Wednesday, November 28, 2018

A Black Wool Cloak

Oh my gosh, it's been more than a whole month since I've blogged about anything. I hope you all had a fabulous Halloween, and a beautiful Thanksgiving, and that you are going into the Christmas season with a lot of joy and love and good memories of times past.

After my last post I pretty much stopped sewing for a while. I was just burnt out and nothing seemed to appeal to me, even though there were, certainly, things I needed to work on. In early November I wore my Persephone jeans (but not the blouse I wore with them in my last post) to see Bohemian Rhapsody with my son, Judah (I cried a lot. The movie was awesome). The weather got very cold and I half heartedly started a cloak, since this year I decided I really wanted a long, drapey, black cloak instead of a new winter coat, similar to the ones worn by John Lennon and Yoko Ono in the music video for Something.
John Lennon and Yoko Ono, 1969
Earlier this fall I got a pattern for a 1974 cloak that had the princess seams and hood that I wanted. I didn't want to make a half circle cloak, because that doesn't stay shut in front. I didn't want to make a full circle cloak because ohmygosh the fabric waste, unless it's pieced. A gored cloak seemed most economical; still, even with shortening the full length view of the pattern 4" to accommodate my height, the cloak still took up a whole 5 yards of 60" wide fabric, for each layer. And there were three layers. So, all told, this cloak contains 15 yards of fabric. It's heavy. But it's warm.

It took so long to make this freaking thing. I was so not into it. It wasn't until I went out to the woods a few weeks ago and nearly froze to death that I decided yeah, I need to finish the damn thing. Everything took forever. Cutting out each layer took at least a day, for each layer. If I was lucky I'd sew two seams a day. The seams were so long. Even made mostly on the machine (the only hand stitching, which I desperately tried to avoid, was done at the hem and the center front facings and the hand slits), it took so long.

Finally, the weekend before Thanksgiving the cloak was almost done. Then, I was struck with a uti-turned-kidney-infection-turned-sepsis and spent last week in the hospital with a fever that peaked at 106 and struggled to get below 103. I was so sick. Once I was released to come home, my parents arrived from Illinois and I sat in my chair in my room for the first day or two, and, lacking anything else to do, finally finished the cloak hem.

The last thing to do was to sew fasteners to the cloak. The pattern calls for hook and eyes, but these are extremely impractical. I think I will eventually (soonish) sew an underlap strip on one side of the center front opening to act as a kind of air barrier there.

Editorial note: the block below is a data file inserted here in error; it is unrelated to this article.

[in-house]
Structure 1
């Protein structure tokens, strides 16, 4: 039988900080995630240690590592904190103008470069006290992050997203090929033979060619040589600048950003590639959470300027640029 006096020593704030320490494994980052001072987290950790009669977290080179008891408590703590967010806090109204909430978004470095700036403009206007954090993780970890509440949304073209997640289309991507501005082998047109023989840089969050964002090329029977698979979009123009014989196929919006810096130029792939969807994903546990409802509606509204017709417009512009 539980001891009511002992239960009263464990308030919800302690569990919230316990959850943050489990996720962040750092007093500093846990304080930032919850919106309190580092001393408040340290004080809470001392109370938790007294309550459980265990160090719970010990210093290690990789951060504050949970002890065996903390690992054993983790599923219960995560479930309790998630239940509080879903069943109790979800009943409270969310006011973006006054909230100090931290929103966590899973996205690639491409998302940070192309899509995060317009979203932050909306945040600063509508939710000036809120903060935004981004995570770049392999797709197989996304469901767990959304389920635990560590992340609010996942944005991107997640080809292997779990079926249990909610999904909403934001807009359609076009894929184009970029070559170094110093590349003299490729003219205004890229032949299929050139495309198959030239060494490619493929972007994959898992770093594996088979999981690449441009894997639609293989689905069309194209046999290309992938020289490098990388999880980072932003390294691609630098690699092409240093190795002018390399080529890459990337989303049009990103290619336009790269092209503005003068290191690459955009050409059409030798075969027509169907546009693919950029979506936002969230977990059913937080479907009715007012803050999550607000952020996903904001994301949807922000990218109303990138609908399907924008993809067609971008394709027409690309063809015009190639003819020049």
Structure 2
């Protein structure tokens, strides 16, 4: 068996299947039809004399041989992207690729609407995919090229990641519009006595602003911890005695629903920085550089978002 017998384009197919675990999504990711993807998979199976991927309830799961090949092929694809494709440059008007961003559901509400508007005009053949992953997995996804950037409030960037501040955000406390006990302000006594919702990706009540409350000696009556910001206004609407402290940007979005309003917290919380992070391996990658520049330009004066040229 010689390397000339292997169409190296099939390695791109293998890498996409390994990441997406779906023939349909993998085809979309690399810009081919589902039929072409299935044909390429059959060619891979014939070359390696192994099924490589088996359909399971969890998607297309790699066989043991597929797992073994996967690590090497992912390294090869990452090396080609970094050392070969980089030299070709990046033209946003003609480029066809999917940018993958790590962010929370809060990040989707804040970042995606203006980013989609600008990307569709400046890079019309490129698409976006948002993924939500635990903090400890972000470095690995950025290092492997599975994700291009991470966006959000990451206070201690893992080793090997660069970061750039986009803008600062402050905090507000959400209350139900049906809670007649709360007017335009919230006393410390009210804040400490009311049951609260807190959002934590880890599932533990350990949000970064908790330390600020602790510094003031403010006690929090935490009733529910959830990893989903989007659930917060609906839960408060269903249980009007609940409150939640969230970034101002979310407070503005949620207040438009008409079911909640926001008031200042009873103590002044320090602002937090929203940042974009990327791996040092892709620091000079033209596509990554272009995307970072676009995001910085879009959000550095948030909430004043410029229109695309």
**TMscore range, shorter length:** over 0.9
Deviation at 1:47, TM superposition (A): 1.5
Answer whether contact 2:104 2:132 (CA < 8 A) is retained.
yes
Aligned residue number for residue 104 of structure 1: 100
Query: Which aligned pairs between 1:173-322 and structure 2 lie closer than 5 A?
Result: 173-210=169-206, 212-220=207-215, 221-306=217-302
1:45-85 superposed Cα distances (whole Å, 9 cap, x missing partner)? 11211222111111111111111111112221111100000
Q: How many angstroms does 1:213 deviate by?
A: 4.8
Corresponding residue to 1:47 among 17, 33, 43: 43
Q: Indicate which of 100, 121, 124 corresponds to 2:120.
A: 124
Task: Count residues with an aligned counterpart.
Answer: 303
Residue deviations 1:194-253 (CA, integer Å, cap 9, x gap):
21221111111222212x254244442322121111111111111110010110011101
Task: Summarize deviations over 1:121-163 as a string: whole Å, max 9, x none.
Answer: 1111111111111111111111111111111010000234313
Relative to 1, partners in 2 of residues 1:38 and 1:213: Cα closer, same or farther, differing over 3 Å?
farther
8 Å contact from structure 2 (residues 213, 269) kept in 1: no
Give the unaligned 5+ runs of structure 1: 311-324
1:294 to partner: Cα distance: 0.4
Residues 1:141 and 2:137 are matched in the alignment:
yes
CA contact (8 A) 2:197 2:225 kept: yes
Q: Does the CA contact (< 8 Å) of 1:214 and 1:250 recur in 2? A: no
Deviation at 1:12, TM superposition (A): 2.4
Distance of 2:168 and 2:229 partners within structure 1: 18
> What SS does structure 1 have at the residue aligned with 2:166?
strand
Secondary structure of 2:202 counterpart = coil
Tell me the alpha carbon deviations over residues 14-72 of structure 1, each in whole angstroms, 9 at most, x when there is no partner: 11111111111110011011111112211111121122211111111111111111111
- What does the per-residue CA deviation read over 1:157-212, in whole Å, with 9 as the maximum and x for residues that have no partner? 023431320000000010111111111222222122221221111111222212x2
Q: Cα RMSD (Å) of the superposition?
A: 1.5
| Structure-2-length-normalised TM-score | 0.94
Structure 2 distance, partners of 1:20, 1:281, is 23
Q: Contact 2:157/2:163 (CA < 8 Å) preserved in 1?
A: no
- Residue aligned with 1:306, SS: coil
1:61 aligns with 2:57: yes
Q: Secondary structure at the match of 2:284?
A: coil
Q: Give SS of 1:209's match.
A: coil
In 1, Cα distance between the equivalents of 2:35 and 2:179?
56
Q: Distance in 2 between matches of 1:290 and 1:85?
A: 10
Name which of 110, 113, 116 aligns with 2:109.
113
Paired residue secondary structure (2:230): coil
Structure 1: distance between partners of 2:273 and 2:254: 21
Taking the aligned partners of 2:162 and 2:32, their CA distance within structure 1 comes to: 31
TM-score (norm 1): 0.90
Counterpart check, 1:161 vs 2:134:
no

Yesterday was the first time I really got to go out since coming home from the hospital and it was a beautiful, cold, snowy day. School was cancelled and my kids were thrilled! We never get a lot of snow here, but it's exciting to even have a little. It is so pretty! I had a dr. appointment in the morning and on my way home stopped at this nearby mound, constructed over fifteen hundred years ago by Ohio Valley Indians, to take some pictures of the trees in the snow and also to try to get a few pictures of my finally-finished cloak!

I promise I wasn't really pissed off or upset in these pictures -
the wind was bitingly cold and my eyes were watery from it, lol.

The cloak is made of an outer layer of  black wool suiting, interlined with a heavier wool blend and lined with a mossy green stretchy, tight woven mystery fabric from Wal-Mart that works great as a wind block. It's warm, except for where the front blows open. Definitely need a better front closure. . .

And with that, November is nearly done. 2018 has gone by so fast. I hope you all have a blessed and happy December, and a very Merry Christmas!



  1. I'm glad you're home and feeling better! I love the cloak! it looks so flowey, and cozy, and the green lining is fabulous!

  2. Oh no! That is very frightening to get so sick. I'm so glad you're doing better.
    You seem down about this whole project, but it's so gorgeous! It really is. I have a 1940s era French military cloak of thick, heavy wool that I love, but it is just one layer and I think it would be so much better with more. I keep thinking about lining it, but I'm daunted by the how of it.
    I keep thinking we should meet someday...we're so close now. But I wonder if we wouldn't know what to say to each other, even though that sounds so silly to say...
    Maria and I have been looking at a lot of 1770s era things lately, and dreaming of costuming and reenacting together. I think it needs to become reality. I live historical clothes but I have never actually reenacted and I know it would be wonderful. Now I have a daughter who's interested!
    I hope you make a full recovery very soon.


Thank you for your lovely thoughts!